“He not busy being born, is busy dying.” Bob Dylan ~ from It’s All Right Ma (I’m only bleeding)
My moment-to-moment life as a dysthymic pretty much resembles a series of fuzzy, out-of-focus, black and white selfies. Dysthymic Disorder is a very long depression of mild to moderate intensity. Not a very lovely or cheerful picture. That reality is brought home when I survey my 220 blogs and four published books. The pain of chronic sadness, irritability and despair is present front-and-center much of the time in my life. What that pain does is focus one’s self on, well, one’s self. Myself and psychic pain is what I have written about most frequently.
But as Jesus-followers we are called to die to self and be born again (John 3:3). That sounds like a good plan to me, but the devil is in how to accomplish this dying to self with the pain inside constantly refocusing one on self.
In coping with the chronic depression of dysthymia one risks becoming a narcissist, as the self’s interior states become such an absorbing focus. We think about ourselves and how we are feeling all of the time. Quite frankly, I hate narcissists, but at times I worry that perhaps I am one. A surfeit of selfies has been described as being characteristic of a narcissist. That thought causes me considerable self-loathing, and feeling worthless is one of the depressive triad: feelings of helplessness, hopelessness and worthlessness.
So how does one die to self? I’ll list a few modest suggestions. It helps to be a Jesus-follower and therefore able to remind one’s self that our task IS to DIE to SELF, but some of these ideas do not require belief or trust in a benevolent deity.
(1) Do not be isolate yourself—stay busy and be around others even when you don’t “feel” like it. I have clients who frequently tell me, “I can’t do it.” when I tell them to get up off the couch and go to an event. My answer is always, “No, You won’t do it.” I emphasize the difference between can’t and won’t. I emphasize the difference between feelings and thoughts. Not doing things and avoiding others is a function of wilfulness. People can do things but often give up because they’re difficult–and there is a part of them that wants to reinforce their helplessness. We Jesus-followers call that the devil. It’s the little negative voice in our thoughts.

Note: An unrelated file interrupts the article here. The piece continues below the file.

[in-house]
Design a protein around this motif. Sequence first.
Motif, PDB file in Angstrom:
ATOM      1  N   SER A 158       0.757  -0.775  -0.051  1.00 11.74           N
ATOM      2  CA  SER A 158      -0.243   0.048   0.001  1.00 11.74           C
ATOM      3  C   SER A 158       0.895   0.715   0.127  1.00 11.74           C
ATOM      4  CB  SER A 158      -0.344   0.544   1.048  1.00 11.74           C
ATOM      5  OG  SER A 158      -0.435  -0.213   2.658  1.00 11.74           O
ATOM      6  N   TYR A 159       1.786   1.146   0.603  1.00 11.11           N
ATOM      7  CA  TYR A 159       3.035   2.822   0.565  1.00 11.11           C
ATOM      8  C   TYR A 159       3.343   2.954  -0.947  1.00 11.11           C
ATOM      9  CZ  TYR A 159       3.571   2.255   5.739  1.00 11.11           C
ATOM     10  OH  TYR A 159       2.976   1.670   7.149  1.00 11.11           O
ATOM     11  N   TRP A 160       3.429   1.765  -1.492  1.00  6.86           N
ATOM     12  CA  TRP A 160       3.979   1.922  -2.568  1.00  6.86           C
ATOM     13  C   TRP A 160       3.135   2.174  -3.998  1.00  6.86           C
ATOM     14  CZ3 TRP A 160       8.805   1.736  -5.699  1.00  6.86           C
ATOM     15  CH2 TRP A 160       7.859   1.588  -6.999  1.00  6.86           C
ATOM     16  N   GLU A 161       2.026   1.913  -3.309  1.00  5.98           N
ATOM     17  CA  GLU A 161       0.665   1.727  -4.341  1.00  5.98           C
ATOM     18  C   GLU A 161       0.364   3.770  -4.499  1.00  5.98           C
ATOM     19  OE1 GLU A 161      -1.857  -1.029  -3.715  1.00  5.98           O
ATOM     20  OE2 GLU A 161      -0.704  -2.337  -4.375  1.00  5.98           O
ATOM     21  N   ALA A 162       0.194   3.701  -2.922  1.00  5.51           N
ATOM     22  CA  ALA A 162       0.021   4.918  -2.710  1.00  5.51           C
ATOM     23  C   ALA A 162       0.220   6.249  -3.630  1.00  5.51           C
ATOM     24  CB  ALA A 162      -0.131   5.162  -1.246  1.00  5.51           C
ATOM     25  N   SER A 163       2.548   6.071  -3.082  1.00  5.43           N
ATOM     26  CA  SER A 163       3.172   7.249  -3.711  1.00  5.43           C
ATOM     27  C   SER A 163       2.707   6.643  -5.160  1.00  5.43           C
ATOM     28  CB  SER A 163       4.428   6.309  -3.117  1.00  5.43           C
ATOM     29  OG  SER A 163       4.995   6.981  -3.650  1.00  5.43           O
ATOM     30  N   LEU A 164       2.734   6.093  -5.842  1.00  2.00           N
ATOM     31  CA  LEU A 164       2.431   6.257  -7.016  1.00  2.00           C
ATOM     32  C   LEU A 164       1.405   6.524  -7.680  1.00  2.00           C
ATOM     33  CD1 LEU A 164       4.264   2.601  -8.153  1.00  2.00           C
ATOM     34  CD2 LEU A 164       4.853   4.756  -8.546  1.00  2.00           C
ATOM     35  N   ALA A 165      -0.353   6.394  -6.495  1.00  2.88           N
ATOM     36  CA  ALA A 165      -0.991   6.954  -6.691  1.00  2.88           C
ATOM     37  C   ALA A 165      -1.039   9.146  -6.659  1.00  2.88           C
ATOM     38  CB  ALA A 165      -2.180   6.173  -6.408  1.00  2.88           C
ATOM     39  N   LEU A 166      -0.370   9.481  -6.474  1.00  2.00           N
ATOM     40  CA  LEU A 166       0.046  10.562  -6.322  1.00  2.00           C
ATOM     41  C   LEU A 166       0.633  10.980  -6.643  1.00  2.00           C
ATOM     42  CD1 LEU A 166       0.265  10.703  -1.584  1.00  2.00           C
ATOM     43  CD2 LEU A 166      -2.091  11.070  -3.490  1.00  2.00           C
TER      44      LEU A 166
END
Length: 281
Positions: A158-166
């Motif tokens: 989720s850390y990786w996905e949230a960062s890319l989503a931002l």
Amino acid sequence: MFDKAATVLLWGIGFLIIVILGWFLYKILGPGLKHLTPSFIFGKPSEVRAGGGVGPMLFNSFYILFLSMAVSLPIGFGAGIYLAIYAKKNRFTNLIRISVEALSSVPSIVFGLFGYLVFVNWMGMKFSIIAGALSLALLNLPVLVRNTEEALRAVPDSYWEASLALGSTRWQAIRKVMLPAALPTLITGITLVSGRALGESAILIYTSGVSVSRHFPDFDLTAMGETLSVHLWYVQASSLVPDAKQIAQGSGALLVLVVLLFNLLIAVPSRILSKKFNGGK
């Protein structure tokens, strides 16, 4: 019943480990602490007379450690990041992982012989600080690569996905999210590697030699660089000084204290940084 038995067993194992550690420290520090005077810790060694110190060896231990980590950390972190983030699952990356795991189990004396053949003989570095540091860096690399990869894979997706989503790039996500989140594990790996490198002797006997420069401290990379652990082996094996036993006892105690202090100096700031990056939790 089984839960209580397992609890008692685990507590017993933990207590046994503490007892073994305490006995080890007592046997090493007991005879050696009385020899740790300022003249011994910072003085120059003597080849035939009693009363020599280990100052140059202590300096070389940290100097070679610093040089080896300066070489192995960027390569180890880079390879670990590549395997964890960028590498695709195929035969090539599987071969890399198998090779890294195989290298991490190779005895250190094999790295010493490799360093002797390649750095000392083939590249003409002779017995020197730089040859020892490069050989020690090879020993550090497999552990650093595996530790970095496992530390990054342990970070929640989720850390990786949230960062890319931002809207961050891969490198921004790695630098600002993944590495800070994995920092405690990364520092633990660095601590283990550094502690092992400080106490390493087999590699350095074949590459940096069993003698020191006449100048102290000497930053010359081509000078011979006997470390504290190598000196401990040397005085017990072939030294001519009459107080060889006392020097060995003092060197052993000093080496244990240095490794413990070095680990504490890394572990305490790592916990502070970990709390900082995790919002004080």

One way I fight a tendency to isolate is by going to a Celebrate Recovery (CR) meeting every week. In the men’s small group for anger and codependency I’m able to unburden myself in a supportive atmosphere—“confessing” my sins of the week is a sweet respite.
(2) Follow the Dylan dictum and stay busy being born. Graham Cooke says that the solution to our past (and present) is in our future. In other words focus on the future, and not allow ourselves to dwell on either past hurts or the present pain. Focus instead on the future joy one is being born into. As Paul says in Philippians 3:13-14, “Forgetting what is behind and straining toward what is ahead, I press on toward the goal to win the prize. . .” Also, see Isaiah 43:18-19.
(3) In Philippians 4:8, Paul urges us to dwell on the noble, the right, the pure, the lovely, the admirable, things that are excellent and praiseworthy. He says “THINK on these things.” In other words don’t fill your minds with crap like “reality” TV or be absorbed by the transitory or the trivial. My spirits are always brighter whan I choose to listen to classical or Christian music on my car radio instead of “talk” radio. Another option for me is CDs of Christian teachers like Graham Cooke or Rick Warren. It is the sum and substance of Paul’s renewing of the mind (Rom. 12:2). If you’re not religious listen to CDs that teach a skill or a foreign language. Do something with your mind; learning is like internal jogging and releases neurotransmitters in our brain.
(4) Focus on what you can do to help others. We are called to love others, and love is an action. Volunteer your time and talents. My involvement with mission trips to Third World countries and local programs to help the homeless have always caused me to think, “I don’t have it so bad.” Helping others always brightens my spirits and helps me die a bit to self. Altruism and volunteerism has been scientifically studied and is so much a part of our emotional makeup that even secular folks are now recommending it.